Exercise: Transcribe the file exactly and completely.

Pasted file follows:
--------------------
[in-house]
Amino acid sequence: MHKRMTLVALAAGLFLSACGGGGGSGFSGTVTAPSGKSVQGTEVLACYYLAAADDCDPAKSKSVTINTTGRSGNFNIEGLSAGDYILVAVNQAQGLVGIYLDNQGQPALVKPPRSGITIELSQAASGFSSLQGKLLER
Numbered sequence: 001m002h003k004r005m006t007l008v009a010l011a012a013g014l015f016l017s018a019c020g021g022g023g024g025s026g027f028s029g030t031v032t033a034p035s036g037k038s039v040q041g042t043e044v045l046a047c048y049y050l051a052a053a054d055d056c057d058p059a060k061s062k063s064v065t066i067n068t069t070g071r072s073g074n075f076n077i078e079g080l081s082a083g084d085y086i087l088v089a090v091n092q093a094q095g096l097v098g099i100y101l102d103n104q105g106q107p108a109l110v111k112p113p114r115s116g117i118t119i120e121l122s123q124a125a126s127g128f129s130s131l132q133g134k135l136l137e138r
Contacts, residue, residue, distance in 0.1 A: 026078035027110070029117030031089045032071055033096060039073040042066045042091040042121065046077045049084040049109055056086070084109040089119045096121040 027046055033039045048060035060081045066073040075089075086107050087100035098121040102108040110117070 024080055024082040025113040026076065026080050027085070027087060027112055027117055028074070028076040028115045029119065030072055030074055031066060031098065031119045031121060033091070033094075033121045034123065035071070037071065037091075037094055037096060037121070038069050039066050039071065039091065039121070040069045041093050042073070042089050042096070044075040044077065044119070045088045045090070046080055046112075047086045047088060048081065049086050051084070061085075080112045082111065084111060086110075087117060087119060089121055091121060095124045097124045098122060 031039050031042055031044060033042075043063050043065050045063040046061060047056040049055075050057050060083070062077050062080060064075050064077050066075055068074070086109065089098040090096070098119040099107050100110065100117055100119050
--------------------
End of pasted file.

[in-house]
Amino acid sequence: MHKRMTLVALAAGLFLSACGGGGGSGFSGTVTAPSGKSVQGTEVLACYYLAAADDCDPAKSKSVTINTTGRSGNFNIEGLSAGDYILVAVNQAQGLVGIYLDNQGQPALVKPPRSGITIELSQAASGFSSLQGKLLER
Numbered sequence: 001m002h003k004r005m006t007l008v009a010l011a012a013g014l015f016l017s018a019c020g021g022g023g024g025s026g027f028s029g030t031v032t033a034p035s036g037k038s039v040q041g042t043e044v045l046a047c048y049y050l051a052a053a054d055d056c057d058p059a060k061s062k063s064v065t066i067n068t069t070g071r072s073g074n075f076n077i078e079g080l081s082a083g084d085y086i087l088v089a090v091n092q093a094q095g096l097v098g099i100y101l102d103n104q105g106q107p108a109l110v111k112p113p114r115s116g117i118t119i120e121l122s123q124a125a126s127g128f129s130s131l132q133g134k135l136l137e138r
Contacts, residue, residue, distance in 0.1 A: 026078035027110070029117030031089045032071055033096060039073040042066045042091040042121065046077045049084040049109055056086070084109040089119045096121040 027046055033039045048060035060081045066073040075089075086107050087100035098121040102108040110117070 024080055024082040025113040026076065026080050027085070027087060027112055027117055028074070028076040028115045029119065030072055030074055031066060031098065031119045031121060033091070033094075033121045034123065035071070037071065037091075037094055037096060037121070038069050039066050039071065039091065039121070040069045041093050042073070042089050042096070044075040044077065044119070045088045045090070046080055046112075047086045047088060048081065049086050051084070061085075080112045082111065084111060086110075087117060087119060089121055091121060095124045097124045098122060 031039050031042055031044060033042075043063050043065050045063040046061060047056040049055075050057050060083070062077050062080060064075050064077050066075055068074070086109065089098040090096070098119040099107050100110065100117055100119050